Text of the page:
Madison Dearborn Partners intends to buy itself more time to manage portfolio company and insurance broker/consultancy NFP Corp as part of a single-asset secondaries process moving through the market, three sources told sister title Buyouts.
Madison Dearborn is among numerous high-profile GPs using the secondaries market to extend their hold periods over certain assets that still have room to grow. Continuation fund deals give GPs more time to manage assets, as well as additional capital to help them grow.
Other GPs with recent processes include Clearlake Capital Group, Revelstoke Capital Partners and Thomas H Lee Partners.
The process is understood to be moving toward final close. It is not clear if the offer is in front of existing limited partners for approval. As part of the deal, LPs in the older fund, which appears to be the firm’s sixth fund, can choose to cash out of their stakes in NFP or roll their interests into a continuation pool, sources said.
A buyer syndicate is being assembled for the deal. One investor in the pool is Neuberger Berman, sources said. It is unclear who is leading the investor group. The total deal value is likely to come in below $1 billion, sources said, a figure that depends on how many LPs choose to sell or roll.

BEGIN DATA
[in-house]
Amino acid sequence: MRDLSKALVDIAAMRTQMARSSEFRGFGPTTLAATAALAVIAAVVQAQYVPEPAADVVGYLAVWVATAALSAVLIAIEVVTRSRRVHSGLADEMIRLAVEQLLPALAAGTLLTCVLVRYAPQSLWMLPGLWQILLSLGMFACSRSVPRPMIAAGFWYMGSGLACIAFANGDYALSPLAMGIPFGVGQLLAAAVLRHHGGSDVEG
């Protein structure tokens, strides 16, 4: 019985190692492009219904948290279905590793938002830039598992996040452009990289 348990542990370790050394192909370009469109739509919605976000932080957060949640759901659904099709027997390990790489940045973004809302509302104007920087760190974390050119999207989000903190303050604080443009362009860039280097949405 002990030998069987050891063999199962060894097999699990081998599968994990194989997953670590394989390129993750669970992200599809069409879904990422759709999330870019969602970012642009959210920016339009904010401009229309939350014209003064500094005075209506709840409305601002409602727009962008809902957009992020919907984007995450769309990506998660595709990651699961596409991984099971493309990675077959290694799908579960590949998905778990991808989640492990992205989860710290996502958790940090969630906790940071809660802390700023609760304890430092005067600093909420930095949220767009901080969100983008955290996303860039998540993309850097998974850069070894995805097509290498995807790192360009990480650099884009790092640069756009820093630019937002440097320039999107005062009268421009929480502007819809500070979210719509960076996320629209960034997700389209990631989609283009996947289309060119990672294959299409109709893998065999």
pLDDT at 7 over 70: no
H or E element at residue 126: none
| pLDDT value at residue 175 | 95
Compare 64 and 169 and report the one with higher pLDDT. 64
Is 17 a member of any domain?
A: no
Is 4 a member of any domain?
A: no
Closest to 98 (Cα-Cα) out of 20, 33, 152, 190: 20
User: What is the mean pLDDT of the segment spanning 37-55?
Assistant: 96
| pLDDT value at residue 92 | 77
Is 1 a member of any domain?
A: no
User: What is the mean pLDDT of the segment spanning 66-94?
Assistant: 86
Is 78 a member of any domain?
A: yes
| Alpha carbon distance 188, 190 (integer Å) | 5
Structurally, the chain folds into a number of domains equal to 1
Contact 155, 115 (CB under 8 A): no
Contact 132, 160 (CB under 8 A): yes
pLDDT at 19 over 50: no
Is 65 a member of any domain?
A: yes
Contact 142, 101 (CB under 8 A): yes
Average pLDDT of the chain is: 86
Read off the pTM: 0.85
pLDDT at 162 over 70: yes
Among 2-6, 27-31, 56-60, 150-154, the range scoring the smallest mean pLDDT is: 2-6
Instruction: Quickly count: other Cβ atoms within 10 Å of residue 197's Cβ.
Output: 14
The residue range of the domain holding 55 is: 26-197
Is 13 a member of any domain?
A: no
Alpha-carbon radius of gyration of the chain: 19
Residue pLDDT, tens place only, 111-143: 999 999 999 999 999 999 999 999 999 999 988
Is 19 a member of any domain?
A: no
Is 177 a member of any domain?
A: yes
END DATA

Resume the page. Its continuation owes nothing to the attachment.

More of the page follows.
Lazard is understood to be working as secondaries advisor on the process. A spokesman for Madison Dearborn declined to comment.
Madison Dearborn acquired NFP Corp (National Financial Partners) in 2013 in a deal valued at about $1.3 billion. In December, the company said it added on Montreal-based Ogilvy Insurance, which provides property and casualty insurance, as well as group benefits and pensions, life insurance and investments.
The firm closed its sixth fund on $4.1 billion in 2010. Fund VI was generating a 2.1x multiple and a 23.4 percent net internal rate of return as of 30 June 2020, according to performance information from the Washington State Investment Board.
Madison Dearborn ran one of the first headline-grabbing single-asset processes in 2018. The firm moved portfolio company Asurion out of its 2006, fifth fund, and into a continuation pool. Asurion is an insurance provider for devices like cell phones.
The Asurion investment was interesting in that Fund V LPs who chose to cash out had the ability to reinvest in Asurion. The firm also gave LPs in Fund VII the ability to invest in the company as part of the deal, Buyouts reported at the time.
Single-asset deals accounted for 30 percent of GP-led transactions in the first half of last year, up from 20 percent in 2019, according to an H1 2020 volume report from Evercore. GP-led deals were about 39 percent of an estimated $18 billion total deal volume in the period, Evercore found.
– This report first appeared on sister title Buyouts.